Twenty years ago, the land that is now one of Britain's finest nature reserves was largely carrot fields, with little to offer in the way of wildlife interest. Now it is a superb patchwork of bird-rich reed beds, grazing marshes and lagoons! Classic reedbed species such as Bittern, Marsh Harrier and Bearded Tit are firmly established, along with the furtive Cetti’s Warbler, a bird whose spontaneous, loud shouted song may be heard at anytime during the late winter months. Grey Heron and Little Egret are likely beside the river and pools, and Common Cranes have bred at Lakenheath in recent years; on settled days from February onwards, we may be lucky to hear their evocative bugling calls echoing across the marshes - although for all their size these great grey birds are seldom easy to see!

All in all, our visit to Lakenheath should make an exciting finale to our birding tour to Breckland. The break concludes with a return to our hotel at around 2.30pm this afternoon, for farewells and journeys home.

Goshawk imm Norfolk 0118 GE IMG 7478 sRGB

Goshawks are resident in Thetford Forest but they can be extremely difficult to see. However, our birding tours in early spring, when the birds are displaying, provide an ideal opportunity to look for them © Gary Elton, Limosa

What To Expect

A 4-day birdwatching tour to the Norfolk / Suffolk borders focusing on the specialities of East Anglia's unique Breckland region - home to some of Britain’s most difficult-to-see resident birds. Goshawk, Crane, Water Rail, Lesser Spotted Woodpecker, Woodlark, Firecrest, Crossbill and Hawfinch possible, as well as winter visitors such as Fieldfare, Brambling and occasionally the erratic Great Grey Shrike.

Led by Limosa’s friendly expert guides, these holidays are ideal for birdwatchers of all levels of ability, interest and experience. Just bring your bins and enthusiasm for birds - we’ll do the rest!

The UK climate is famous for its unpredictability. Late winter temperatures at Thetford, in the heart of the region, are typically in the range of 0-9C (32-48F). Breckland is one of the driest parts of the UK, but rainfall is of course possible at any season in the UK, so do bring rain wear just in case.

Birds

80-100 species

Mammals

5 species

Accommodation

3 nights accommodation at the Crown Hotel in Mundford, a comfortable and traditional Norfolk village inn at the edge of Thetford Forest, and perfectly situated for easy exploration of this unique region. All rooms are en suite.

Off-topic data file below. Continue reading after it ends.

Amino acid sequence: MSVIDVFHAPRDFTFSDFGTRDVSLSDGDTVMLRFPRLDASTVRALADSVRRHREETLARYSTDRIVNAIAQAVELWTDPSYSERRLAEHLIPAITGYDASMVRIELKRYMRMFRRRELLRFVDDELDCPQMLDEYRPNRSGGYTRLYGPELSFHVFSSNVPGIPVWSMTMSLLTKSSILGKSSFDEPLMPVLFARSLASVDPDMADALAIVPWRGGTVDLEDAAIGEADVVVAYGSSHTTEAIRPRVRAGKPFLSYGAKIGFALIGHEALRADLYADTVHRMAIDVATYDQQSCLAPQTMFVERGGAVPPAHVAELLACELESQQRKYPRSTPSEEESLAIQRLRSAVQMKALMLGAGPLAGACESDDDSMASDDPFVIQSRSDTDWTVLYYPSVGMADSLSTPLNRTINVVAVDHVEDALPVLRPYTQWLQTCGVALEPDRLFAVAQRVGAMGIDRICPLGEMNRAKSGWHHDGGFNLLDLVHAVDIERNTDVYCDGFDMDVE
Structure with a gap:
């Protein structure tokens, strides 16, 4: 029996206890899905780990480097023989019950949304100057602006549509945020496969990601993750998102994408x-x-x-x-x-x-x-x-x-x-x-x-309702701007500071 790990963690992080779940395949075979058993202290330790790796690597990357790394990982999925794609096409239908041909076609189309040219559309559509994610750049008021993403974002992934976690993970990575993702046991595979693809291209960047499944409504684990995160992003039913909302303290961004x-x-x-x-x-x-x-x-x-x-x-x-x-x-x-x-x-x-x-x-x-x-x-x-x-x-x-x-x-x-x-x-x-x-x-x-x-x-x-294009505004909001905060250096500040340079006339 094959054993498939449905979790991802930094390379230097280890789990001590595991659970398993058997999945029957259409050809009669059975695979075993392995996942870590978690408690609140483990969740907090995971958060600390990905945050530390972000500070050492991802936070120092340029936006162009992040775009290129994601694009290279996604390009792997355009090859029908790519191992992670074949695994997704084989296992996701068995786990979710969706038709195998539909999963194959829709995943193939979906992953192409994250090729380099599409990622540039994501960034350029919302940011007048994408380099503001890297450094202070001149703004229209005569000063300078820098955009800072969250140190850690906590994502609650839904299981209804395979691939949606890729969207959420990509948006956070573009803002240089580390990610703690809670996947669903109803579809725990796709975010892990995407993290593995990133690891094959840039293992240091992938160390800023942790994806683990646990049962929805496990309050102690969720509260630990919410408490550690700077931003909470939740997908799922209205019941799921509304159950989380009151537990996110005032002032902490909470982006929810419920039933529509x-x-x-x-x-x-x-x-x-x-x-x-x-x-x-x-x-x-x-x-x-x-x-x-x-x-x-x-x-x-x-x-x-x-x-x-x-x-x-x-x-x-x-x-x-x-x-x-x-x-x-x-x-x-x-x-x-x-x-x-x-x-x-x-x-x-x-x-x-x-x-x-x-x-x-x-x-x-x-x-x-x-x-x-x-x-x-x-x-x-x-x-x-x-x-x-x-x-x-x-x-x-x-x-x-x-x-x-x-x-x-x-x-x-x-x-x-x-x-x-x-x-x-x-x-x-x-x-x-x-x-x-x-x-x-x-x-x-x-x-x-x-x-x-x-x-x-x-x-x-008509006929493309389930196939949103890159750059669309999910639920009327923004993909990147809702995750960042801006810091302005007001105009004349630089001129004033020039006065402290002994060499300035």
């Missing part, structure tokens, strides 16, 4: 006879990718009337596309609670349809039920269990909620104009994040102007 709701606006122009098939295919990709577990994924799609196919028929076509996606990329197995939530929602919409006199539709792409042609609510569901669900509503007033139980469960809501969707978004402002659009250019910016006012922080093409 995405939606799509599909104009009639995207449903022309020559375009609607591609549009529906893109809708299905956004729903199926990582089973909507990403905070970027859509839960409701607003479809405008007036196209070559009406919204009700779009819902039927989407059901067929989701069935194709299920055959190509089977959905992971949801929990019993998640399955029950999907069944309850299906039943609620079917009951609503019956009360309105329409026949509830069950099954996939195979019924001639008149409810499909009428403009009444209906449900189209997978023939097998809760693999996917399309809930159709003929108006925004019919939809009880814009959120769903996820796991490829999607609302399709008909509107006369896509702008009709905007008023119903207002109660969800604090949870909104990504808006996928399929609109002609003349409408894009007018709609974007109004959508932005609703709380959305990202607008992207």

Meals

All main meals are included in the price, commencing with dinner on arrival at the hotel on the evening of Day 1 and concluding with lunch on Day 4.

Breakfasts and dinners will be taken at the hotel. Portions are generous and the meals are excellent. Lunches will be picnics in the field to help maximise our birding time.

Walking

Easy walks (approx. 1-3 miles) at a gentle pace over good trails and mostly flat terrain. Sturdy waterproof walking shoes or boots recommended. Wellies will be useful in wet weather and can be handy first thing, when the grass can be damp after overnight.

Travel

Daily excursions will be by minibus.

Participants arriving in Norfolk by car will be sent a map and joining instructions for the hotel. We meet for an informal get-together in the hotel bar at around 7.00pm on the first evening.

For those without their own transport, we pick up at Norwich railway station at 4.45pm on the Friday afternoon (most routes arrive into Norwich by about that time), and are able to drop off there again by about 4.45pm on the Monday evening.

There is no extra cost for pick-up and drop-off at Norwich railway station as outlined above.

Please note: if you intend to travel by rail and elect to spend an extra night at the hotel, then we are unable to offer return transport to/from the station. Instead, it will be necessary for you to arrange a taxi between the station and the hotel - for this reason you might look into travelling to/from Brandon or Thetford stations, which are ca. 15 minutes journey by taxi (rather than travelling to Norwich, about an hour away).

Bearded Tit, male, Norfolk © Jo Latham/www.wildlifephotocards.co.uk 2010

A visit to the RSPB's excellent Lakenheath Fen reserve adds the prospect of reedbed birds, such as Bittern, Common Crane, Cetti's Warbler and Bearded Tit (above) © Jo Latham, wildlifephotocards.co.uk

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  AUTHOR TESTINTRO TITLE
1 I&GM, Norfolk & Suffolk Tour Gary was excellent and looked after us very well. We found this an excellent trip. We saw many birds and were particularly pleased about seeing Goshawks and Hawfinches. The Crown Hotel is in the perfect location so we did not have to travel too far to get anywhere and were able to go out early morning for an hour before breakfast. [empty string]
2 BP, Norfolk & Suffolk Tour It was so nice to be with Gary again. His skill at finding the birds and his relaxed, cheerful personality made for a happy group! [empty string]
3 JM, Norfolk & Suffolk Tour I very much enjoyed this weekend and was sorry when it came to an end. I did not want to go home!! Well done Gary. [empty string]
4 RK, Norfolk & Suffolk Tour Gary's local knowledge was a significant factor in the success of this weekend. He made sure we all got to see the target birds. [empty string]
5 JP, Norfolk & Suffolk Tour ...Gary had great knowledge of the area and up-to-date information on where to find the target species. He had very good hearing. As a result we found nearly all the birds I had hoped to see... Norfolk & Suffolk Tour
6 TC, Norfolk & Suffolk Tour ... What can I say about Gary? Absolutely great as usual. As good if not better than any I have met ever!... Norfolk & Suffolk Tour